Everyone here in Canada talks about Israel, and for a good reason. But I think we should look at Finland much, much more. It's a northern, big country with a relatively low population. And more importantly, highly reliant on a resource economy. Until the 1980s, it was as bad if not worse than what Canada is today. It was reliant mostly on bilateral trade with the USSR. It has managed — and that's why I want us to learn from Finland and not just Israel or the US — to use public policy leadership to completely transform their economy.
It has completely transformed its pulp and paper and forestry industry. By 2000, all of that industry was what we now call the industry 4.0. It was completely wireless, completely IT controlled and automated. Finland's companies who developed these technologies, with government help, now lead the world in oils made from natural resources.
This was a transformation that made the whole industry, both the resource industries, the traditional industries and the new industries, more innovative. And Finland is one of the most educated countries in the world. If you look at PISA, the educational K-12 [rankings], you'll see that at the top of PISA, there's a country called Finland and a country called Canada. They have done what we have done, but they have also managed to do a complete transformation on innovation. And, I want to repeat, in all industries. Canada is a huge country and we need an innovation policy — or innovation policies — that work for all of Canada, not just for Vancouver, Montreal and Toronto.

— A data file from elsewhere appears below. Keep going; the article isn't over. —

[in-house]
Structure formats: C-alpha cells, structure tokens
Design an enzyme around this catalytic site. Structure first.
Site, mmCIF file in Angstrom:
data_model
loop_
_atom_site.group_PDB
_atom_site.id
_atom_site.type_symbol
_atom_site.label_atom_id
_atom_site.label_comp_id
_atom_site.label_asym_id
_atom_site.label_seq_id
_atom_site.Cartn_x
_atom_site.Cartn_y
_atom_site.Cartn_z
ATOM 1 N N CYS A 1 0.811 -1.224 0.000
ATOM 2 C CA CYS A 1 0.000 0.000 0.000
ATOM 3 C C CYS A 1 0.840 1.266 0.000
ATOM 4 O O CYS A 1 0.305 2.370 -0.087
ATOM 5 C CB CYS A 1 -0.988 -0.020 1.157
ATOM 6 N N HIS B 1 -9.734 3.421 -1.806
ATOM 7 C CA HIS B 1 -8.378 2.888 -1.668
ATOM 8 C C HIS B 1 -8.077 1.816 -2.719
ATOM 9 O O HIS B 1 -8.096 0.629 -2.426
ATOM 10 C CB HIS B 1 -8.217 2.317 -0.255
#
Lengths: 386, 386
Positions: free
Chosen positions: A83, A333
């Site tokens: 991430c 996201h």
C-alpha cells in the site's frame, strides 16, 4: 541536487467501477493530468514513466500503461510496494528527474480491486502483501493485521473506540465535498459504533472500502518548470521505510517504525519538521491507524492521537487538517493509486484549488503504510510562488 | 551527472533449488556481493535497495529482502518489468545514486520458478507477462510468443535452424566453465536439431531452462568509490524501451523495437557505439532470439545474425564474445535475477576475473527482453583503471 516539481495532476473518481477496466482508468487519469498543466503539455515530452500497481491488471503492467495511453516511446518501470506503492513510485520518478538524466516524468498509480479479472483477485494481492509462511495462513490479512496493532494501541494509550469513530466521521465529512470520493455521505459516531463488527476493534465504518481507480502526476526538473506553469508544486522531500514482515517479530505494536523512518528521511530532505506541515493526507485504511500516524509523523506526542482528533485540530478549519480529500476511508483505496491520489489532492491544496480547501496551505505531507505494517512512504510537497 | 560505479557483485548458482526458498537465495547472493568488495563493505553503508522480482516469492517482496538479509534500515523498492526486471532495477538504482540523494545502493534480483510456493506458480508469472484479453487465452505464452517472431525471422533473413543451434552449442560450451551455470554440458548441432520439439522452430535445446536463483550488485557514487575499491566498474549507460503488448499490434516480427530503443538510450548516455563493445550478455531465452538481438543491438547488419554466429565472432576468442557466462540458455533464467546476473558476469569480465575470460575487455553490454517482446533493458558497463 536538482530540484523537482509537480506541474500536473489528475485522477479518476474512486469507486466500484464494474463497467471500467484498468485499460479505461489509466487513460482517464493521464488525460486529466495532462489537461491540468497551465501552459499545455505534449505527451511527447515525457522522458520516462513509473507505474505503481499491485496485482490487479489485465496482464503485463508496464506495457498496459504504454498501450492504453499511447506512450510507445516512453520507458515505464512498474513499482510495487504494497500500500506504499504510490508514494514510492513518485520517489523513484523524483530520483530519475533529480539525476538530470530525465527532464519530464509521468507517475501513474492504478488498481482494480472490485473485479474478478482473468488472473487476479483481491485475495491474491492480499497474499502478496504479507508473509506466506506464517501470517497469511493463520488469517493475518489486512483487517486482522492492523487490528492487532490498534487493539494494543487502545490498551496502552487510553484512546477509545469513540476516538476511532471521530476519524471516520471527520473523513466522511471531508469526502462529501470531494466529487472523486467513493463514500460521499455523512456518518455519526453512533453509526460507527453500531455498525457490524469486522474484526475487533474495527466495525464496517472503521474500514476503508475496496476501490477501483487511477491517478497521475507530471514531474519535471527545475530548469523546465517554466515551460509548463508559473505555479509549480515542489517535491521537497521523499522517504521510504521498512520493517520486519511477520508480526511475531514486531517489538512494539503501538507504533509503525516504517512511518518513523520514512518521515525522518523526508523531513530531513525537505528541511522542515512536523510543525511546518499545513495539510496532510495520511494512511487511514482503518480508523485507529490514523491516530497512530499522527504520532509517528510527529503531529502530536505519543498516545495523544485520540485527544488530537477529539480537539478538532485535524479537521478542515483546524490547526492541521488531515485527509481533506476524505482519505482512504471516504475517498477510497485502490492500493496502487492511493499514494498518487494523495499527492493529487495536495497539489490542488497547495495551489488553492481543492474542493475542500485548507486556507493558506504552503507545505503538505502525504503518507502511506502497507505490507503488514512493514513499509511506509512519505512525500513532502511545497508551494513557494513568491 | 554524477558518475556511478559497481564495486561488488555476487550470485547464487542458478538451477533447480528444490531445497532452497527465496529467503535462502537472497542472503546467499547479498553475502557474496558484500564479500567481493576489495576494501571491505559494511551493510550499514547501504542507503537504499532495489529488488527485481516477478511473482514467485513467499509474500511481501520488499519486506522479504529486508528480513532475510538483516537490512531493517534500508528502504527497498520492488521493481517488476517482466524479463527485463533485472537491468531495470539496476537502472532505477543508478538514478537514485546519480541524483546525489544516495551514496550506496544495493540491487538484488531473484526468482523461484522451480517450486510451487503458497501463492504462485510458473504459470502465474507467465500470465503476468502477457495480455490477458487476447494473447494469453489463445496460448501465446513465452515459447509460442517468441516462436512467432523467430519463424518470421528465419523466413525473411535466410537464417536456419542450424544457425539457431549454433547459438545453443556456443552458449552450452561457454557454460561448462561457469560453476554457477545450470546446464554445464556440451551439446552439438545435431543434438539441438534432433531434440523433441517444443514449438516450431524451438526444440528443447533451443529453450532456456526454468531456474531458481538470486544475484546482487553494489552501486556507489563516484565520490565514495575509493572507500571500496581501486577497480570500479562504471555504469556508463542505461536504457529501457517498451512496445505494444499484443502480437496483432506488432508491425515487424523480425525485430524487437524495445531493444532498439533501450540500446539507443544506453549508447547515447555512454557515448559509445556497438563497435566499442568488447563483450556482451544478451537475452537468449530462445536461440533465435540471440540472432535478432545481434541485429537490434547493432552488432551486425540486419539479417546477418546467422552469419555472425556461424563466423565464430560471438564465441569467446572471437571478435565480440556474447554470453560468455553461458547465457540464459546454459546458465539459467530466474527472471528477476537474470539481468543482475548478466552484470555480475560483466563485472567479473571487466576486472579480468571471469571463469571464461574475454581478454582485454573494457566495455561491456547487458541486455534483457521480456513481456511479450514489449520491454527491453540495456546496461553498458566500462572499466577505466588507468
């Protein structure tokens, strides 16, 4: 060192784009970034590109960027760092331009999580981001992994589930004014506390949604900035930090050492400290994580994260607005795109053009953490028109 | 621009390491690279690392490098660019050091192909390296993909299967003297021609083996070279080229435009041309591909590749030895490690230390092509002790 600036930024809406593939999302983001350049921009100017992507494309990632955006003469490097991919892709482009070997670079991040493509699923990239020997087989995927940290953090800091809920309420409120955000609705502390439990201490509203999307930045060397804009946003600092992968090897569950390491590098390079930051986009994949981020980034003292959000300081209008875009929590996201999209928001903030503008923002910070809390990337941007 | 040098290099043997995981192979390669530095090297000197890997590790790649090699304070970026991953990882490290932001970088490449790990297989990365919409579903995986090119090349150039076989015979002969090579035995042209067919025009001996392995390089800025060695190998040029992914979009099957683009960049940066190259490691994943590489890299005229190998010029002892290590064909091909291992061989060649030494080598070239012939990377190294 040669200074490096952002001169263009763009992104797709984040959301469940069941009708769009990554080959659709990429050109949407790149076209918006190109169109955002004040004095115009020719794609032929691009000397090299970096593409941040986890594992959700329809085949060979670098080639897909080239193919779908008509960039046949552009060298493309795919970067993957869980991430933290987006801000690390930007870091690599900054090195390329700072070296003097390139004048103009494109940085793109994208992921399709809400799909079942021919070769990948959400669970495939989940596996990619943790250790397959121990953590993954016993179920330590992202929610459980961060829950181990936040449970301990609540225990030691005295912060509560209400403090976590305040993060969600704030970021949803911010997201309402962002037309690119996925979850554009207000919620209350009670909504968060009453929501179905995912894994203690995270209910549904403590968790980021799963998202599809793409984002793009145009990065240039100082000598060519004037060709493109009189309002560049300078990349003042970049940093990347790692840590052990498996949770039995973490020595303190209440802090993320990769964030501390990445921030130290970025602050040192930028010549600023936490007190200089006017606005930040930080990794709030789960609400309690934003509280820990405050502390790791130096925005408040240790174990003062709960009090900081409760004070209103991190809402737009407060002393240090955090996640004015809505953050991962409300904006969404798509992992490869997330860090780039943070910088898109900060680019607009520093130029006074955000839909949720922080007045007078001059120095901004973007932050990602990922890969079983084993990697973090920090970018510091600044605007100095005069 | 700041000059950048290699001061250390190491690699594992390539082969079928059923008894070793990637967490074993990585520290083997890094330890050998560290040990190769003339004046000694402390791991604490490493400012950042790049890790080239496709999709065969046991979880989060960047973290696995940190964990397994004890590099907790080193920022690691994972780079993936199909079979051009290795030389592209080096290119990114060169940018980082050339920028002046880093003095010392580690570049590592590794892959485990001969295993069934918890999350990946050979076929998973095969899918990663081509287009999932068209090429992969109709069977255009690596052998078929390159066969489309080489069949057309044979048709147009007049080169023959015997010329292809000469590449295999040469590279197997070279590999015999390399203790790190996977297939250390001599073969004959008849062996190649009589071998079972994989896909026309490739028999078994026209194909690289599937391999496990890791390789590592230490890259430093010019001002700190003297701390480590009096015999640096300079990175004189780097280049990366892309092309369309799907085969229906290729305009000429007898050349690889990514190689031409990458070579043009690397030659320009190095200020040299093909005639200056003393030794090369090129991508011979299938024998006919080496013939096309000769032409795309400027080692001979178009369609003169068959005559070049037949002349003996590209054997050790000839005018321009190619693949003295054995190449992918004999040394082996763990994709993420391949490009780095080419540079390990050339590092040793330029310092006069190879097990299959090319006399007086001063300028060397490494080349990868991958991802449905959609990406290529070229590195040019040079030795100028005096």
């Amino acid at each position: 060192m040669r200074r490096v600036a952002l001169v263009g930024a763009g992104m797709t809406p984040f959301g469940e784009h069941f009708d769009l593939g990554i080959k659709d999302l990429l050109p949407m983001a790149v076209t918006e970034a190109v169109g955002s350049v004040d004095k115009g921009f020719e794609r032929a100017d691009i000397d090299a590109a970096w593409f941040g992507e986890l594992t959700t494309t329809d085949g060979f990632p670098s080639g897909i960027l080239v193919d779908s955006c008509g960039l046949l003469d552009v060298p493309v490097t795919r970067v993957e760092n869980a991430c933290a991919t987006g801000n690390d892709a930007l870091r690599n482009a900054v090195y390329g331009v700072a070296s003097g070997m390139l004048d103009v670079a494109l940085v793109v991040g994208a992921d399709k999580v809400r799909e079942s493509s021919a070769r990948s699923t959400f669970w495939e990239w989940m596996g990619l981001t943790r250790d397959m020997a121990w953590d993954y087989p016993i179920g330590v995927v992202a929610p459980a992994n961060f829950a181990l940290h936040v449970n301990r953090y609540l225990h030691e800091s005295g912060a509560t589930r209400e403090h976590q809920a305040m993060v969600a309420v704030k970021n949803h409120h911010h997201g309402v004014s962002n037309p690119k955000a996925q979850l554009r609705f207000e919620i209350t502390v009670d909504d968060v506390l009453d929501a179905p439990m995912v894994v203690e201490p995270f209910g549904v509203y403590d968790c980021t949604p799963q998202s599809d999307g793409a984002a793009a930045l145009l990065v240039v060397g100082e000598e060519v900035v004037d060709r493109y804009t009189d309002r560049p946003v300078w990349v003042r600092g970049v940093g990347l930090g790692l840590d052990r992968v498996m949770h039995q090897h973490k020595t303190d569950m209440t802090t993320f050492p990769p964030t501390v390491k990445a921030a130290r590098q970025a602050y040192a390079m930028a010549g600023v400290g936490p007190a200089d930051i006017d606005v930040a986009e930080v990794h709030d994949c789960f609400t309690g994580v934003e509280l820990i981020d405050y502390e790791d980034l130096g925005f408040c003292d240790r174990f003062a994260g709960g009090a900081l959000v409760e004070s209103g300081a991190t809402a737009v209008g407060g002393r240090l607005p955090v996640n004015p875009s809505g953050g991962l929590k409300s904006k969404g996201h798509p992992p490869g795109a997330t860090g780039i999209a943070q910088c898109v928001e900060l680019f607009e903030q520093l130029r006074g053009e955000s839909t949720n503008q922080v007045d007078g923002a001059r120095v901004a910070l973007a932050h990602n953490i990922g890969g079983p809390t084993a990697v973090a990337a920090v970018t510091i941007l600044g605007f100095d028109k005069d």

As we close, what is your overall view on this budget?
The most important thing in this budget is that Canada now admits what works and what doesn't work for innovation. And therefore, where, if not necessarily how, where the government should focus if it wants all of us to have a better Canada. And by that, I mean innovation that creates local prosperity and not just massive profits. If you look at the budget, humility is important here. The budget, unlike other budgets, does not say we have ready-made answers and that we have already found the solutions.
Instead, it says we have a systemic, complex problem, and we're committed to do anything in our power, experimenting the hell out of it, until we find something that works, so our children — remember, I'm saying our children so I'm talking long-term here — will have a better life than we do. I think that is a paradigmatic change.
This interview has been condensed and edited for clarity.